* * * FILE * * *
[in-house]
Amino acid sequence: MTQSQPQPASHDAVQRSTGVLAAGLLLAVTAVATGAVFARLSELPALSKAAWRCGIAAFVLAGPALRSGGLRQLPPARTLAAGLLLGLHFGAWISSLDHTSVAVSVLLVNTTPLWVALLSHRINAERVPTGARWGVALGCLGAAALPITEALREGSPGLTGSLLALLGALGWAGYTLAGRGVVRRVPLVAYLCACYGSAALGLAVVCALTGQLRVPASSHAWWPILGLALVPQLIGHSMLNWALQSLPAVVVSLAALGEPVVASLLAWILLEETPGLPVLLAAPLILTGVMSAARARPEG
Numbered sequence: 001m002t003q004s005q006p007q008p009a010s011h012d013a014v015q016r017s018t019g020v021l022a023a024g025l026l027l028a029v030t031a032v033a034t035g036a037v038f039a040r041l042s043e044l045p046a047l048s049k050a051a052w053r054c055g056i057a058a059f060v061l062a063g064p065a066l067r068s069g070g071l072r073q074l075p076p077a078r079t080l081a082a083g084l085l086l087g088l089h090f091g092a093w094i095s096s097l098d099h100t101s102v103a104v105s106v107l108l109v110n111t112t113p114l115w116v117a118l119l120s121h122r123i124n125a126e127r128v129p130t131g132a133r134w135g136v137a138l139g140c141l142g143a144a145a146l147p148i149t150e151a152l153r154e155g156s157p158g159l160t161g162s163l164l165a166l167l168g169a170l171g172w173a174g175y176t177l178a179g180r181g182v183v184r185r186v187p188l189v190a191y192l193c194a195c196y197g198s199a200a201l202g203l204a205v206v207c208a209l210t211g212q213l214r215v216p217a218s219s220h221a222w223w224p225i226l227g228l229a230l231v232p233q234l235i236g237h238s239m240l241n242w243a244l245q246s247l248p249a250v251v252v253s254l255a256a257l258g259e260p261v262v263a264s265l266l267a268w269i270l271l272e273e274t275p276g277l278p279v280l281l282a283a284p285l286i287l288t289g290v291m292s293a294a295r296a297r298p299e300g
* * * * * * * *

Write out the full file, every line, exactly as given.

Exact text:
[in-house]
Amino acid sequence: MTQSQPQPASHDAVQRSTGVLAAGLLLAVTAVATGAVFARLSELPALSKAAWRCGIAAFVLAGPALRSGGLRQLPPARTLAAGLLLGLHFGAWISSLDHTSVAVSVLLVNTTPLWVALLSHRINAERVPTGARWGVALGCLGAAALPITEALREGSPGLTGSLLALLGALGWAGYTLAGRGVVRRVPLVAYLCACYGSAALGLAVVCALTGQLRVPASSHAWWPILGLALVPQLIGHSMLNWALQSLPAVVVSLAALGEPVVASLLAWILLEETPGLPVLLAAPLILTGVMSAARARPEG
Numbered sequence: 001m002t003q004s005q006p007q008p009a010s011h012d013a014v015q016r017s018t019g020v021l022a023a024g025l026l027l028a029v030t031a032v033a034t035g036a037v038f039a040r041l042s043e044l045p046a047l048s049k050a051a052w053r054c055g056i057a058a059f060v061l062a063g064p065a066l067r068s069g070g071l072r073q074l075p076p077a078r079t080l081a082a083g084l085l086l087g088l089h090f091g092a093w094i095s096s097l098d099h100t101s102v103a104v105s106v107l108l109v110n111t112t113p114l115w116v117a118l119l120s121h122r123i124n125a126e127r128v129p130t131g132a133r134w135g136v137a138l139g140c141l142g143a144a145a146l147p148i149t150e151a152l153r154e155g156s157p158g159l160t161g162s163l164l165a166l167l168g169a170l171g172w173a174g175y176t177l178a179g180r181g182v183v184r185r186v187p188l189v190a191y192l193c194a195c196y197g198s199a200a201l202g203l204a205v206v207c208a209l210t211g212q213l214r215v216p217a218s219s220h221a222w223w224p225i226l227g228l229a230l231v232p233q234l235i236g237h238s239m240l241n242w243a244l245q246s247l248p249a250v251v252v253s254l255a256a257l258g259e260p261v262v263a264s265l266l267a268w269i270l271l272e273e274t275p276g277l278p279v280l281l282a283a284p285l286i287l288t289g290v291m292s293a294a295r296a297r298p299e300g